If you have some warning that your department is going to be downsizing, start socking away money as fast as you can. Reasonably, well-prepared people usually keep three to six months salary as a cushion. If you’ve already got that, add to it anyway.

If you can’t find your perfect job, you may want to think about being a consultant, applying your skills to smaller companies that may not have access to people with your abilities. But that’s going to take some set up capital and is going to involve some time with limited income.

Keep All Options Open for a Career Change

Be prepared to be flexible. Consulting or temping can be used as a stopgap measure but in the right circumstances might turn into a career. If someone asks you to move to Pittsburgh for a new opportunity, don’t refuse automatically because it’s 1,500 miles away. A lot of companies will finance a move for someone they deem to be valuable.

More importantly, be flexible on your salary. A new company can’t be expected to offer your previous salary because they don’t know your abilities yet. And while you may have been capped-out at your previous company, the new one may have higher limits that you can aspire to.

Conclusion

Preparation, networking, and flexibility will save the day even if a change in employment status is sudden and unexpected. From my own experience I can tell you how surprising it is to work for a company for over 13 years and arrive at work one day to find the doors locked and the owners gone. Don’t be caught unprepared.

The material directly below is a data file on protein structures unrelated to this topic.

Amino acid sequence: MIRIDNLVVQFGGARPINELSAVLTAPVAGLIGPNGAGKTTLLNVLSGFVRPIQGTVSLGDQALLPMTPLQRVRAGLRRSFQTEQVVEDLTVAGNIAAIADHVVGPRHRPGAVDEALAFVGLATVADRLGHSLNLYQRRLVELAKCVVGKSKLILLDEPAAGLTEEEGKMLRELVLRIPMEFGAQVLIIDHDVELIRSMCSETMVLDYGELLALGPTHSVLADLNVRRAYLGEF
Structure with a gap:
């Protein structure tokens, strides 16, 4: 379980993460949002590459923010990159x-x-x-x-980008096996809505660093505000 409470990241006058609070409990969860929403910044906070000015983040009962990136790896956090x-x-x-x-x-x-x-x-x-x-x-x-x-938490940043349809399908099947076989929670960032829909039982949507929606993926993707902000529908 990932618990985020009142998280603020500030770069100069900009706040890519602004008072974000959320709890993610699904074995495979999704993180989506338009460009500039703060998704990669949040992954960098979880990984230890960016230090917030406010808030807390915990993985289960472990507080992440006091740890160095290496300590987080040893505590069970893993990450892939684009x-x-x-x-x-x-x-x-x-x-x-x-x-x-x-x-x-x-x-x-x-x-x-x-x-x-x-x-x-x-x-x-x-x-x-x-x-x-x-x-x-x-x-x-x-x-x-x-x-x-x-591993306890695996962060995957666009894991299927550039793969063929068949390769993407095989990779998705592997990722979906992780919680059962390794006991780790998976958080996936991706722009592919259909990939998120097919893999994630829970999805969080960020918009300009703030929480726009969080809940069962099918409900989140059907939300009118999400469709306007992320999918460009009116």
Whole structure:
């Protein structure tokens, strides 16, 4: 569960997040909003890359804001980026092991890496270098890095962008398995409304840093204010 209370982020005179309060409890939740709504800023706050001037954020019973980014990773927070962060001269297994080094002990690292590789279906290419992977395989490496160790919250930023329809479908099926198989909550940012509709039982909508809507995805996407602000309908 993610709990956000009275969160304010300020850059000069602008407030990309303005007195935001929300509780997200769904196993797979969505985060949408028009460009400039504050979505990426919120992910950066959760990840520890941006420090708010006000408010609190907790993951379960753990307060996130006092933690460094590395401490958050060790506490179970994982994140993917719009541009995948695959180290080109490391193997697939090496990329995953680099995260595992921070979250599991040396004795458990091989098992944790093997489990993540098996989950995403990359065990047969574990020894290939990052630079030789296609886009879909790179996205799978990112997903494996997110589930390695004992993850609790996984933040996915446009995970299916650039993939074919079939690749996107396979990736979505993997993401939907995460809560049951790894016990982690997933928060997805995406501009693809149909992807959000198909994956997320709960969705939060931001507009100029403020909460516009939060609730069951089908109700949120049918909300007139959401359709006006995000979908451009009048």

If you don’t have a cushion fund, build it now; if your network is sparsely populated, expand it; if you have warning signs that your job status might change, start researching a new job now.

OK, you’ve got your plan! Get to it!

Stewart, Cooper & Coon, has helped thousands of decision makers and senior executives during their job searches. Their clients have moved up in their careers and achieved significantly improved financial packages within short time frames. Contact Fred Coon – 866-883-4200, Ext. 200, to learn how SC&C and their team of professionals can help you, and connect with SC&C on LinkedIn at https://www.linkedin.com/company/stewart-cooper-&-coon.